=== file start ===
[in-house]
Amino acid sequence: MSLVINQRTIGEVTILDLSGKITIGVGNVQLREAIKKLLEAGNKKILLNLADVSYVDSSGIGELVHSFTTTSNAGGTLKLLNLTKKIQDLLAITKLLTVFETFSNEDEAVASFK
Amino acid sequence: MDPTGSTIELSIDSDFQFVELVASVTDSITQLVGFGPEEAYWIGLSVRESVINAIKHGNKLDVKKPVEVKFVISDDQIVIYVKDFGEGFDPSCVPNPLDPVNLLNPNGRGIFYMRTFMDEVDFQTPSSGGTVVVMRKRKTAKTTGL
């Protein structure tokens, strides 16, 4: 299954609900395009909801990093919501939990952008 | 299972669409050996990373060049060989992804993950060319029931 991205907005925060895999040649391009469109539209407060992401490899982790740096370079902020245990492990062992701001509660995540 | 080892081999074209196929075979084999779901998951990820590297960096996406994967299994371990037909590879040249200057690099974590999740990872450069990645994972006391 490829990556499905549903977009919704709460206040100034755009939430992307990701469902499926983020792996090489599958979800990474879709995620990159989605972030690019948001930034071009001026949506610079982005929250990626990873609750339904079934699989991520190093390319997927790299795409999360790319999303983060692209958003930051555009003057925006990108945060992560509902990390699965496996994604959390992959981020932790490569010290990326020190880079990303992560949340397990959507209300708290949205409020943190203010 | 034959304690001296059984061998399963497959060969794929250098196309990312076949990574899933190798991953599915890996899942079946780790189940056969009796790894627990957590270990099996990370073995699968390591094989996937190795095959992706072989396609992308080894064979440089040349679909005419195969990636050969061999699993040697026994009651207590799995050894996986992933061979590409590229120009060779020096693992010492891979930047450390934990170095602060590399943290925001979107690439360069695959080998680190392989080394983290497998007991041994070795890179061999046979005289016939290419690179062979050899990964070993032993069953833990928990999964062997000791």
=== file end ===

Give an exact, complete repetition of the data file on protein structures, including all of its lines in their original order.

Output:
[in-house]
Amino acid sequence: MSLVINQRTIGEVTILDLSGKITIGVGNVQLREAIKKLLEAGNKKILLNLADVSYVDSSGIGELVHSFTTTSNAGGTLKLLNLTKKIQDLLAITKLLTVFETFSNEDEAVASFK
Amino acid sequence: MDPTGSTIELSIDSDFQFVELVASVTDSITQLVGFGPEEAYWIGLSVRESVINAIKHGNKLDVKKPVEVKFVISDDQIVIYVKDFGEGFDPSCVPNPLDPVNLLNPNGRGIFYMRTFMDEVDFQTPSSGGTVVVMRKRKTAKTTGL
């Protein structure tokens, strides 16, 4: 299954609900395009909801990093919501939990952008 | 299972669409050996990373060049060989992804993950060319029931 991205907005925060895999040649391009469109539209407060992401490899982790740096370079902020245990492990062992701001509660995540 | 080892081999074209196929075979084999779901998951990820590297960096996406994967299994371990037909590879040249200057690099974590999740990872450069990645994972006391 490829990556499905549903977009919704709460206040100034755009939430992307990701469902499926983020792996090489599958979800990474879709995620990159989605972030690019948001930034071009001026949506610079982005929250990626990873609750339904079934699989991520190093390319997927790299795409999360790319999303983060692209958003930051555009003057925006990108945060992560509902990390699965496996994604959390992959981020932790490569010290990326020190880079990303992560949340397990959507209300708290949205409020943190203010 | 034959304690001296059984061998399963497959060969794929250098196309990312076949990574899933190798991953599915890996899942079946780790189940056969009796790894627990957590270990099996990370073995699968390591094989996937190795095959992706072989396609992308080894064979440089040349679909005419195969990636050969061999699993040697026994009651207590799995050894996986992933061979590409590229120009060779020096693992010492891979930047450390934990170095602060590399943290925001979107690439360069695959080998680190392989080394983290497998007991041994070795890179061999046979005289016939290419690179062979050899990964070993032993069953833990928990999964062997000791």